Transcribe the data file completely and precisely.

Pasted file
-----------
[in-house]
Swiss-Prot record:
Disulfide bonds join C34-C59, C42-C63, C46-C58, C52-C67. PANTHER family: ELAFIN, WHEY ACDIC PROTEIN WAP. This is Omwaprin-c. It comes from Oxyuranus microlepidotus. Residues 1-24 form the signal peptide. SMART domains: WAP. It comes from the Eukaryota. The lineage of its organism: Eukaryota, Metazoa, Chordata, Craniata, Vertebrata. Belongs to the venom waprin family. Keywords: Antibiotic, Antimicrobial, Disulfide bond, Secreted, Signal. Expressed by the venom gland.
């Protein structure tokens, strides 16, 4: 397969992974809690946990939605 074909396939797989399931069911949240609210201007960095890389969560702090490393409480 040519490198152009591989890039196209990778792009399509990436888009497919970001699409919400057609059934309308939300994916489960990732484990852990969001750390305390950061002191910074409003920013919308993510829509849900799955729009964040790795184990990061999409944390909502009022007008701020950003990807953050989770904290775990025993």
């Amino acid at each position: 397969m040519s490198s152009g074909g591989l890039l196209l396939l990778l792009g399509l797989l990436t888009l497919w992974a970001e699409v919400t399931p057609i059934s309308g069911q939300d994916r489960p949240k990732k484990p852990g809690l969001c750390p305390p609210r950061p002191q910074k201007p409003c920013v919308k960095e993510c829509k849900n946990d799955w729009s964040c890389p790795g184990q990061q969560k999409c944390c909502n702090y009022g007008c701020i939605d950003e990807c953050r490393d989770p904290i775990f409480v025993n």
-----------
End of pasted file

[in-house]
Swiss-Prot record:
Disulfide bonds join C34-C59, C42-C63, C46-C58, C52-C67. PANTHER family: ELAFIN, WHEY ACDIC PROTEIN WAP. This is Omwaprin-c. It comes from Oxyuranus microlepidotus. Residues 1-24 form the signal peptide. SMART domains: WAP. It comes from the Eukaryota. The lineage of its organism: Eukaryota, Metazoa, Chordata, Craniata, Vertebrata. Belongs to the venom waprin family. Keywords: Antibiotic, Antimicrobial, Disulfide bond, Secreted, Signal. Expressed by the venom gland.
């Protein structure tokens, strides 16, 4: 397969992974809690946990939605 074909396939797989399931069911949240609210201007960095890389969560702090490393409480 040519490198152009591989890039196209990778792009399509990436888009497919970001699409919400057609059934309308939300994916489960990732484990852990969001750390305390950061002191910074409003920013919308993510829509849900799955729009964040790795184990990061999409944390909502009022007008701020950003990807953050989770904290775990025993």
């Amino acid at each position: 397969m040519s490198s152009g074909g591989l890039l196209l396939l990778l792009g399509l797989l990436t888009l497919w992974a970001e699409v919400t399931p057609i059934s309308g069911q939300d994916r489960p949240k990732k484990p852990g809690l969001c750390p305390p609210r950061p002191q910074k201007p409003c920013v919308k960095e993510c829509k849900n946990d799955w729009s964040c890389p790795g184990q990061q969560k999409c944390c909502n702090y009022g007008c701020i939605d950003e990807c953050r490393d989770p904290i775990f409480v025993n």